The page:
Despite its oil wealth Libya has never won an Olympic medal. The country's leading hope for London (albeit a longshot) was former African taekwondo champion Ezzideen Tlish, who competed at the 2004 and '08 Games. But Tlish, who worked as an anaesthesia technician in Tripoli, was aiding injured rebel soldiers on Aug. 28, 2011, the day they took control of the city, when he was killed by gunfire. Tlish's younger brother Mohamed won a silver medal in taewkondo at the Arab Games but, still in mourning with his family, he missed a berth in London.
DURING THE Arab Games athletes were checking Facebook and Twitter for news from home. On the evening that Iraqi sprinter Danaa Abdul-razzaq set a national record (11.88 seconds) to win the women's 100 meters, the U.S. declared an official end to the war in Iraq. By the time she took silver in the 200 four days later, sectarian violence was again flaring up in Baghdad. Still, Abdul-razzaq's training situation is better than it was four years ago, when she often had to ride through a fusillade of gunfire on the way to practice. She is Shiite and her coach, Yousif Abdul-Rahman, is Sunni. In Doha, through a translator, Abdul-razzaq said simply, "Sport brings together."
But Arab Spring pride occasionally boiled over in Doha. One of the few sports that drew crowds was swimming, and the main draw was 2008 Olympic 1,500-meter freestyle champion Oussama Mellouli, the top athlete in the Arab world. Mellouli won 15 gold medals in Doha and elicited wild cheers each time he strolled at poolside in his I [heart] FREE tunisia warmup shirt. The battle for medals between Tunisia and Egypt, however, led to shoving and shouting in the stands. By the end of the games, fans from the two countries had to use separate entrances into the swimming venue.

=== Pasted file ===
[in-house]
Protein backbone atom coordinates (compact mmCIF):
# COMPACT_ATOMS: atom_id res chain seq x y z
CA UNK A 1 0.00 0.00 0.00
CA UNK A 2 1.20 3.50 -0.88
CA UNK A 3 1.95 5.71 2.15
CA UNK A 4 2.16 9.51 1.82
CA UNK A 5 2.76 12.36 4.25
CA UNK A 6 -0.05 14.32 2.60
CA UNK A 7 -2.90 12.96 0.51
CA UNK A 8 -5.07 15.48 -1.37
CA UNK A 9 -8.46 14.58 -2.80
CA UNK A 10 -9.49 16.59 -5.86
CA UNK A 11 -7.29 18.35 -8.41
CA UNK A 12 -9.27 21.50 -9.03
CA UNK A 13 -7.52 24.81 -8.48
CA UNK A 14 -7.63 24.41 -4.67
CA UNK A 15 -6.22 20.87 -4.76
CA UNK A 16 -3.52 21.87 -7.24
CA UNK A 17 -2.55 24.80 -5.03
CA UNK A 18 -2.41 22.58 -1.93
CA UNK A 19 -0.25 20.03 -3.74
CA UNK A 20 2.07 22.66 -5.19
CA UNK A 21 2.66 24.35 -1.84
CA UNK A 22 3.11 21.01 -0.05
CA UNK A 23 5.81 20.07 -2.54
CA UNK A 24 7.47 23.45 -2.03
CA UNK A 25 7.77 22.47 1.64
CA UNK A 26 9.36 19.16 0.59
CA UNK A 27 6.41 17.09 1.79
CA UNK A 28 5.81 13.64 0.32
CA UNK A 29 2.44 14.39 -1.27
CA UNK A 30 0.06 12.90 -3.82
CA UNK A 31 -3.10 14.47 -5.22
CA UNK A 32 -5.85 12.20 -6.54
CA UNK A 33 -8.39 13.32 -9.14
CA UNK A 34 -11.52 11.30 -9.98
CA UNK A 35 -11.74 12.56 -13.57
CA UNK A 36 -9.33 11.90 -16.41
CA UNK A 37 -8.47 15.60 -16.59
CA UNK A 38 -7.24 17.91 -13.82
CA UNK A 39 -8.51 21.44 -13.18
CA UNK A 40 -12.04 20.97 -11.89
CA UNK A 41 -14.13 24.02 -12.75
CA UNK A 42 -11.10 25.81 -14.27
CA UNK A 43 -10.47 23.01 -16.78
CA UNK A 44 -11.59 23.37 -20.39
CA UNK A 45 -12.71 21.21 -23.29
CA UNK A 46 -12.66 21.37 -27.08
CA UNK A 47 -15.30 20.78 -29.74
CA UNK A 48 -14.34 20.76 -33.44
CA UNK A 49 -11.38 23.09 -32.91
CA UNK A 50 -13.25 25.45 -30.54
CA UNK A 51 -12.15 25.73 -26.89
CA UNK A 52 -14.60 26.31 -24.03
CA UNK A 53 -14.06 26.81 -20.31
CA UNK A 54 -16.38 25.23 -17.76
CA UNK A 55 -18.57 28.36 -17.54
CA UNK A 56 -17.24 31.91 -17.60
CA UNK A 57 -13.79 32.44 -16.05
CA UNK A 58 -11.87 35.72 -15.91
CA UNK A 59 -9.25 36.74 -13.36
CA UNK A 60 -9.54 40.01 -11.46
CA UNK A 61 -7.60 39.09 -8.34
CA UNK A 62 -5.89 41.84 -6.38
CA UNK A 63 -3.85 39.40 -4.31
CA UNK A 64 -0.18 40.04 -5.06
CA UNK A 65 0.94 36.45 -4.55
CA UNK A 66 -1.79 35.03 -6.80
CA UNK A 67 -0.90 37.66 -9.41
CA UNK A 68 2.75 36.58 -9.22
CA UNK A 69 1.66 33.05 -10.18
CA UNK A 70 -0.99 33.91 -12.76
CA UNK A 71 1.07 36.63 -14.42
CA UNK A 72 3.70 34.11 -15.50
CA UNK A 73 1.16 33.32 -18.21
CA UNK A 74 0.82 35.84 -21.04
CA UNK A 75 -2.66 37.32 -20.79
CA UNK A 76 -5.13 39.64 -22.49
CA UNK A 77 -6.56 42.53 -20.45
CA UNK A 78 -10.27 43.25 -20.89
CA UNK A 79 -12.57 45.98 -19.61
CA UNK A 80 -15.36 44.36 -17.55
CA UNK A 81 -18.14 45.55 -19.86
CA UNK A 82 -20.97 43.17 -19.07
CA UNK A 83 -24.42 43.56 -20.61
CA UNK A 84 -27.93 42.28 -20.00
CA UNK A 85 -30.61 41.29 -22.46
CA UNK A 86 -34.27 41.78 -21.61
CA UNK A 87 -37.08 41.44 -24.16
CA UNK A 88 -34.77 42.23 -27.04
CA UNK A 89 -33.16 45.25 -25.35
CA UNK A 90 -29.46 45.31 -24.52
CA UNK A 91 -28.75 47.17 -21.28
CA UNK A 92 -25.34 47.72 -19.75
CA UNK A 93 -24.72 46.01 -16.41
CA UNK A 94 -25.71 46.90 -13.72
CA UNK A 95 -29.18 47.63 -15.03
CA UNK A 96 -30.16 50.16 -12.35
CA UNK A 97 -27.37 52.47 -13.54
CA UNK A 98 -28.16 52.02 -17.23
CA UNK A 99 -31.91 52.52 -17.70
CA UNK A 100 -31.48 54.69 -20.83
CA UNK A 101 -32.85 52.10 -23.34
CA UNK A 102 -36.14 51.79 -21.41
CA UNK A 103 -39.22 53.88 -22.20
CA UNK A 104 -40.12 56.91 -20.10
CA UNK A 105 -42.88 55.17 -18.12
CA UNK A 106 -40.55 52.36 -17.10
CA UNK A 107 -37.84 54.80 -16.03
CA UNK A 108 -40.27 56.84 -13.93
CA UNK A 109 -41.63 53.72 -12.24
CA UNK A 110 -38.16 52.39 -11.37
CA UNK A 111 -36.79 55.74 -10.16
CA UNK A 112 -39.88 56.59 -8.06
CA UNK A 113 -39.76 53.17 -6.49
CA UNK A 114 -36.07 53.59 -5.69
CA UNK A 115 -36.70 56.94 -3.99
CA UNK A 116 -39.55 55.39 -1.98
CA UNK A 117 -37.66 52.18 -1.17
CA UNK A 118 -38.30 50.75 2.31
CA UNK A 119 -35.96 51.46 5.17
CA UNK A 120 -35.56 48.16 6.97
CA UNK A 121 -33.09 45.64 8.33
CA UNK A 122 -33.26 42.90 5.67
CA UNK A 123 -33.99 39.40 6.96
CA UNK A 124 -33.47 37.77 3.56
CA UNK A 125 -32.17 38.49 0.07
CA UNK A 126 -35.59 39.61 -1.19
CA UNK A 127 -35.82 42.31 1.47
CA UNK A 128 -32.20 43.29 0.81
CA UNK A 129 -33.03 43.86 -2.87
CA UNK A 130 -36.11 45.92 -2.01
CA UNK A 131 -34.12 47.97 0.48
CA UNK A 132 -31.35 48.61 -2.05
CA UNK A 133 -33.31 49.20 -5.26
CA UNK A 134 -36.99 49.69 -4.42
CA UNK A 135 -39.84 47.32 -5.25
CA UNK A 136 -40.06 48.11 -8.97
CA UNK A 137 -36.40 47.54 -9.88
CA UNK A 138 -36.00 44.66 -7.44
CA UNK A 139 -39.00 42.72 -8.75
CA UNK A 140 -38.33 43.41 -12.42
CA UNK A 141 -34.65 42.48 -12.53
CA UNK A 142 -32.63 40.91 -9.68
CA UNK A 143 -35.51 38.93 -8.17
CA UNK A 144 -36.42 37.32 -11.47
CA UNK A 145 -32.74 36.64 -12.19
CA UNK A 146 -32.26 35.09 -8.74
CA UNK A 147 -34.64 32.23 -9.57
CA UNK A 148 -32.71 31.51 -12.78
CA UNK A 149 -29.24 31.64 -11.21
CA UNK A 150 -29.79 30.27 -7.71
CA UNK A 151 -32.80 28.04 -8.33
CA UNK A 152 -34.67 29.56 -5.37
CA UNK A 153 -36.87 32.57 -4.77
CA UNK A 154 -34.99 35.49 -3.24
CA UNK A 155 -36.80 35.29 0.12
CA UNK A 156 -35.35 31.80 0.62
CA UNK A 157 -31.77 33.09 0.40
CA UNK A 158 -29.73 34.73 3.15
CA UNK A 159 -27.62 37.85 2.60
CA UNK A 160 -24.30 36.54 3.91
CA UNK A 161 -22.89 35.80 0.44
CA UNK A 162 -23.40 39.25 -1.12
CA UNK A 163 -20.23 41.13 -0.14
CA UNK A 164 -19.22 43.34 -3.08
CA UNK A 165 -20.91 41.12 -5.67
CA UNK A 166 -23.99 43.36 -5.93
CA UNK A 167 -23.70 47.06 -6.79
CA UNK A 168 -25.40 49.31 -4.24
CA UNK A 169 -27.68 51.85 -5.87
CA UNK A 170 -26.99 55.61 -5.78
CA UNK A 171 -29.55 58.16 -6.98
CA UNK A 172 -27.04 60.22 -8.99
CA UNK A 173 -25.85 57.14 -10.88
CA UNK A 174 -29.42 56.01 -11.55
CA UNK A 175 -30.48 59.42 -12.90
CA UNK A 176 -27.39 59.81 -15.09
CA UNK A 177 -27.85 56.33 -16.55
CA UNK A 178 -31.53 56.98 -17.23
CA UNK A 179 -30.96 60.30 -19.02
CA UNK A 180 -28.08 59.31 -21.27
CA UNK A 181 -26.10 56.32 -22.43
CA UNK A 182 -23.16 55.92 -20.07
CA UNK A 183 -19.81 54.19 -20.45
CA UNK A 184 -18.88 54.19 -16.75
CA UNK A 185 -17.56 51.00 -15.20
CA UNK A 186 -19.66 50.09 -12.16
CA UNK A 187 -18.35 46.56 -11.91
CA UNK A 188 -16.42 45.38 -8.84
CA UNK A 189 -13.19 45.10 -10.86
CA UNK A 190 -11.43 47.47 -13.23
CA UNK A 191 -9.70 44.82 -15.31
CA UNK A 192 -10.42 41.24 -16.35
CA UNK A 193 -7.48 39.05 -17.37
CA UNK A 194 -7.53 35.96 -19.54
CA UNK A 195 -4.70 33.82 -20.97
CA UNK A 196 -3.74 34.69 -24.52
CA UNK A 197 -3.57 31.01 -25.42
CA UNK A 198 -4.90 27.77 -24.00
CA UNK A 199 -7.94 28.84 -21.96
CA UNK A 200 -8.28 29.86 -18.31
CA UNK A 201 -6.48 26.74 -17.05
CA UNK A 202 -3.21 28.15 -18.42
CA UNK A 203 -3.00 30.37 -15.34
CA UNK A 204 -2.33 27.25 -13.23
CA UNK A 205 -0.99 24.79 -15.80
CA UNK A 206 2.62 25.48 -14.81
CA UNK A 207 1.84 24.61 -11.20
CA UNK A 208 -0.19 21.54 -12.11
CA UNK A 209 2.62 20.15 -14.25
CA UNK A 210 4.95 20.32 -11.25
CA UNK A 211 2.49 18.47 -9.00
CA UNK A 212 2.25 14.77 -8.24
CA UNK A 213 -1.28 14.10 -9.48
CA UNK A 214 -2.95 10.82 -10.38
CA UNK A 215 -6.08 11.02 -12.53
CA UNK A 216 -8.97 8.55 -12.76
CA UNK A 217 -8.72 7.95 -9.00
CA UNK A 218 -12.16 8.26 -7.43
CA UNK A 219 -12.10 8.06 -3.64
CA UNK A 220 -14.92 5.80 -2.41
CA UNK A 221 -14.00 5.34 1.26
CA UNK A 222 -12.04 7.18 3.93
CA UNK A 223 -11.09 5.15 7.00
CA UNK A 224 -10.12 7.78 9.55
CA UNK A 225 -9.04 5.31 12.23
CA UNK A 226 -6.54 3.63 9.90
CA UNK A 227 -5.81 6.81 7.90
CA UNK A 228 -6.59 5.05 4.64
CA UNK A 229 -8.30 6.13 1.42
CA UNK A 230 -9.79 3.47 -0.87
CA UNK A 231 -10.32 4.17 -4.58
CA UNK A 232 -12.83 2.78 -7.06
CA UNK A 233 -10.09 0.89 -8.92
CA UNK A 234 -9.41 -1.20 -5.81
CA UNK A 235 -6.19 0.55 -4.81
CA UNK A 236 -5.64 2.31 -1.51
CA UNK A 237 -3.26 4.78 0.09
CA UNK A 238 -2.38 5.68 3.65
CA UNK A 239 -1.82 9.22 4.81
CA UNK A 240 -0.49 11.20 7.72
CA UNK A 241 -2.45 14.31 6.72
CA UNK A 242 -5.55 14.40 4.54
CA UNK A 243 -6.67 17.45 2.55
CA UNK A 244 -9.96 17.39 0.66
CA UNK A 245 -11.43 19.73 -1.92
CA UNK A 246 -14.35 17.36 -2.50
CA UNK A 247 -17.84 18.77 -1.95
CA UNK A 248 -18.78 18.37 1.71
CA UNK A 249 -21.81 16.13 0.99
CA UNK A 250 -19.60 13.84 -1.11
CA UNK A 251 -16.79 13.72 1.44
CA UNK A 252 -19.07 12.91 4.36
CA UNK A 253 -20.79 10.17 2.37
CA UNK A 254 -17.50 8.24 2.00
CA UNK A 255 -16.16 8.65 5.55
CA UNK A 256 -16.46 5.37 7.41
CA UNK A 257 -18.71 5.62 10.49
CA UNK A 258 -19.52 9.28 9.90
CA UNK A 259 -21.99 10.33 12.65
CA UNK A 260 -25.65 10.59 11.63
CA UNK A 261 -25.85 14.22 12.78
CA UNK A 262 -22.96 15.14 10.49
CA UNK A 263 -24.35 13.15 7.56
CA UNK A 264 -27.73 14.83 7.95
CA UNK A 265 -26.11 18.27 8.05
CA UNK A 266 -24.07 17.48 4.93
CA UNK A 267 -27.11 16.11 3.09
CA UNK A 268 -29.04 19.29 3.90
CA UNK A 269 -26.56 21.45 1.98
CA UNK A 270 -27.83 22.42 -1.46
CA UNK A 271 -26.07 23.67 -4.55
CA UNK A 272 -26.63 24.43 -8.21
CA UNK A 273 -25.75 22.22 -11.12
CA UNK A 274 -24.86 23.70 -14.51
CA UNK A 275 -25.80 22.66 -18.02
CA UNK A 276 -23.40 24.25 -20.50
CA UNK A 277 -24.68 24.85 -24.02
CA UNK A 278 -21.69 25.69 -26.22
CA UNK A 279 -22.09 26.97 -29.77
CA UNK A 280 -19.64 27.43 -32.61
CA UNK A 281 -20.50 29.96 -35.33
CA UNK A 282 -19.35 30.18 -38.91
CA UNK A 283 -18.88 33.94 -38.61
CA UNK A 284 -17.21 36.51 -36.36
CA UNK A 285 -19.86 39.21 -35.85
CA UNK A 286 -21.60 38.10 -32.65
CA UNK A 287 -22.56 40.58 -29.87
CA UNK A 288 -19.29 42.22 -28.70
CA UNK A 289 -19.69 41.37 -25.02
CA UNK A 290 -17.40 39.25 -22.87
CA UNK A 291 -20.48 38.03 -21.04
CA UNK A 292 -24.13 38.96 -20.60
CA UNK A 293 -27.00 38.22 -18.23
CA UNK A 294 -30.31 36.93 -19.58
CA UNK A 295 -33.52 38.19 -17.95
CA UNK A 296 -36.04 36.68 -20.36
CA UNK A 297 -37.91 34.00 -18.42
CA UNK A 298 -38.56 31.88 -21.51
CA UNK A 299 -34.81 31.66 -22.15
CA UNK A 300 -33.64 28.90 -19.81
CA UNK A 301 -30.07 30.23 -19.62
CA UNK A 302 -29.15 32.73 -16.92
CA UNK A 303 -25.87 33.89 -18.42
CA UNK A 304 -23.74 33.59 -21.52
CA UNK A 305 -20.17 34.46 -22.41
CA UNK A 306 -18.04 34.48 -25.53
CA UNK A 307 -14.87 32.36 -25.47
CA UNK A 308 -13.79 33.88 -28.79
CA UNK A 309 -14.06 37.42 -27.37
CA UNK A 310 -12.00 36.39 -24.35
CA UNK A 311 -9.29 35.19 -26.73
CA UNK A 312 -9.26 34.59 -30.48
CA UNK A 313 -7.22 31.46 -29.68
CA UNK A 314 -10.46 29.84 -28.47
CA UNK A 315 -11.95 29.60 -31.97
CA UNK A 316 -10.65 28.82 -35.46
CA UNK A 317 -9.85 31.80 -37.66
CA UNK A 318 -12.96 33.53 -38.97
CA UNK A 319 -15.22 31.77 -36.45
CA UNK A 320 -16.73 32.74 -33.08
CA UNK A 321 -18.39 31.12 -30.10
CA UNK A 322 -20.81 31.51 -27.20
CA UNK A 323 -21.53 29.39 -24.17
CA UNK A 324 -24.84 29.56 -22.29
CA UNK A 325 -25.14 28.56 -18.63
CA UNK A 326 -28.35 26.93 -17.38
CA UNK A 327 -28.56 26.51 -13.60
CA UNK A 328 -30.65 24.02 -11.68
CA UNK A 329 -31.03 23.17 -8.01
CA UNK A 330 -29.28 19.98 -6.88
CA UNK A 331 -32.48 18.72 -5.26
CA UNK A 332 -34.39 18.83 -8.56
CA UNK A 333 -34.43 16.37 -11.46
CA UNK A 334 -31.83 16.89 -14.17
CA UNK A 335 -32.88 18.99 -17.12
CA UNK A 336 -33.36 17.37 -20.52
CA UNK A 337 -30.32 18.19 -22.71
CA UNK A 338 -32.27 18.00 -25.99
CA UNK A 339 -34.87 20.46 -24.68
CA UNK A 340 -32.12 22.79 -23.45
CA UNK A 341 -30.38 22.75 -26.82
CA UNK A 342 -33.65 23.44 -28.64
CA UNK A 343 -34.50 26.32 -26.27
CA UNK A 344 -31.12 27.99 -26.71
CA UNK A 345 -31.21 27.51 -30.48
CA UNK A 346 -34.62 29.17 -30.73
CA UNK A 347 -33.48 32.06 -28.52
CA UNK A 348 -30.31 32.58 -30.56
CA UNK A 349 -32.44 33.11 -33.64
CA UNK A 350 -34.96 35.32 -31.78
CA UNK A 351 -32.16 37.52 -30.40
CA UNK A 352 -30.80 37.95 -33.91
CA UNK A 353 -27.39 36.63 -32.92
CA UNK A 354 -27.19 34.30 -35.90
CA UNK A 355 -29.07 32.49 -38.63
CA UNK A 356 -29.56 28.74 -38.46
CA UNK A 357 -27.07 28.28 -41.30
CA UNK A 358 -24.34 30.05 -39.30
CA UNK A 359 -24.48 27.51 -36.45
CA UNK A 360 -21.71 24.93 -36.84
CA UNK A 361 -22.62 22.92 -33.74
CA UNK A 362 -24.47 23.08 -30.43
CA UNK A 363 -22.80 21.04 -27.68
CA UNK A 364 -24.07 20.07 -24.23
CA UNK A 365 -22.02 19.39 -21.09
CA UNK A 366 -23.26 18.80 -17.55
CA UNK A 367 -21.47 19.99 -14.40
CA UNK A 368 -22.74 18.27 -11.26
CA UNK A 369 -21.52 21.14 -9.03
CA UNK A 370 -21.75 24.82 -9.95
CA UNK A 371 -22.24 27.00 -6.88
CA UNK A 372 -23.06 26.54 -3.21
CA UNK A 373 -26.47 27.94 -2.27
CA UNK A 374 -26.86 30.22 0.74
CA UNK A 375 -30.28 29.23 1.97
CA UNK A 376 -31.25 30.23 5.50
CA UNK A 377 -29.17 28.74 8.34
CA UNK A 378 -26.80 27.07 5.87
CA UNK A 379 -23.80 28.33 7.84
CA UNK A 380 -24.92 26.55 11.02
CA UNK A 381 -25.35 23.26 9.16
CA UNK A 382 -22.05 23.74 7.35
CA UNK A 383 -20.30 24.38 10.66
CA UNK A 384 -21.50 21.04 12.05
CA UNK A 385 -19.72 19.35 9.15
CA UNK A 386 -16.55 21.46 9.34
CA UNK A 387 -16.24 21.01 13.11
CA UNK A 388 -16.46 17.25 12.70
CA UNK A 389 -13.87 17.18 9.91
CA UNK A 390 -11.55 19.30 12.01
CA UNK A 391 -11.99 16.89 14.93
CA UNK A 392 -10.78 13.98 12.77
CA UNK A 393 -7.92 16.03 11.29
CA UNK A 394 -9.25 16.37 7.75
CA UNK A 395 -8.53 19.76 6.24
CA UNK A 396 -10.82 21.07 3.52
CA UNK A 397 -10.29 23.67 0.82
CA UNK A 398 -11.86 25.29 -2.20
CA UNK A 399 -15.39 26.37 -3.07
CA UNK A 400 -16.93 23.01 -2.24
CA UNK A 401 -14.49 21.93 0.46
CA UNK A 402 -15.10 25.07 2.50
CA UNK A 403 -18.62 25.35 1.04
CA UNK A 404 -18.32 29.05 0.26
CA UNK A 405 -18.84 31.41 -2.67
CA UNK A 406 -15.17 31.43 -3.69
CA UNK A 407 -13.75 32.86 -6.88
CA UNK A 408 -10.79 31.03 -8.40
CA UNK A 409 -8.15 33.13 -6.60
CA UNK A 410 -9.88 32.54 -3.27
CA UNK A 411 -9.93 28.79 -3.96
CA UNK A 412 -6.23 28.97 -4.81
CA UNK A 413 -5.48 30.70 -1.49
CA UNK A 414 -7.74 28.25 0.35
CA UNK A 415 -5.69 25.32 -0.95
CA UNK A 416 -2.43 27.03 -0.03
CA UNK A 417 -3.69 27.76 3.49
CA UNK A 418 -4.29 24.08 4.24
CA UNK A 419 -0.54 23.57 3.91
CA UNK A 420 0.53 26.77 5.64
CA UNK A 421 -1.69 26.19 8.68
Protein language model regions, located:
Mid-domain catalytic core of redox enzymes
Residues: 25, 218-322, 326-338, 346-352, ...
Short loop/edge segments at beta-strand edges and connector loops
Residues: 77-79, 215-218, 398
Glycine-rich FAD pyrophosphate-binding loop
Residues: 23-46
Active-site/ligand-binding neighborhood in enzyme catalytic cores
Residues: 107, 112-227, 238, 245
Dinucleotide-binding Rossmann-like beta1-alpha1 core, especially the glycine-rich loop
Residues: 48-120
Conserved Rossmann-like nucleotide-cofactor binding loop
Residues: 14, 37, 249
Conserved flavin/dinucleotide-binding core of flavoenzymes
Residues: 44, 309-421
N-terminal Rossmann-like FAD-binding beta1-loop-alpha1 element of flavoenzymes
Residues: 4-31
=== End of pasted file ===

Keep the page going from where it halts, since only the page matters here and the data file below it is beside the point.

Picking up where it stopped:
TO CALL most Olympic sports in the Arab world niche would be to elevate a sidewalk crack to a canyon. Building athletic tradition takes time, and when, for instance, a country has few pools, it can be difficult even to begin. Libya's best swimmer, 20-year-old butterflyer Sofyan El Gadi, will compete in London, but he trains mostly in Canada. Mellouli went to USC and is still based there. Tunisia's several outstanding fencers train primarily in France.
Pictured on these pages are only athletes who live and train primarily in the country they will represent in London. That, in itself, is no mean feat. Some athletes paid the price for staying home; in the postrevolution chaos, many sports federations struggled to continue providing even modest financial support. Hamdi Dhouibi, Tunisia's best decathlete, who stood guard with a wooden stick in front of his family's house during the revolution, lost funding and couldn't afford to keep his coach. He did not qualify for London.
These images tell—conspicuously—another story of missed opportunity. Athletic prospects for women, while plentiful in some Arab countries, such as Morocco, are scant in others. Saudi Arabia had 202 athletes in Doha, but none was a woman. Under pressure from the IOC, Saudi Arabia, Brunei and Qatar will finally take a step forward, however symbolic, in London by sending women to the Olympics for the first time: two Saudis (an 800-meter runner and a judoka), one Bruneian (a hurdler) and four Qataris (a shooter, a sprinter, a swimmer and a table-tennis player). The Qatari shooter, Bahiya al-Hamad, 19, will carry her country's flag in the opening ceremony.
Amr Seoud was recruited by a wealthier Arab country (he won't say which) to change his citizenship and join its team, but chose to stay in Egypt even though prospective sponsors pulled back when the revolution broke out.
"It means too much to me right now to switch," says Seoud, whose cellphone wallpaper shows him in a 200-meter heat in Beijing, racing next to Usain Bolt. "I want to be part of my country's history."
Like the other Arab athletes in these photos, Seoud already is.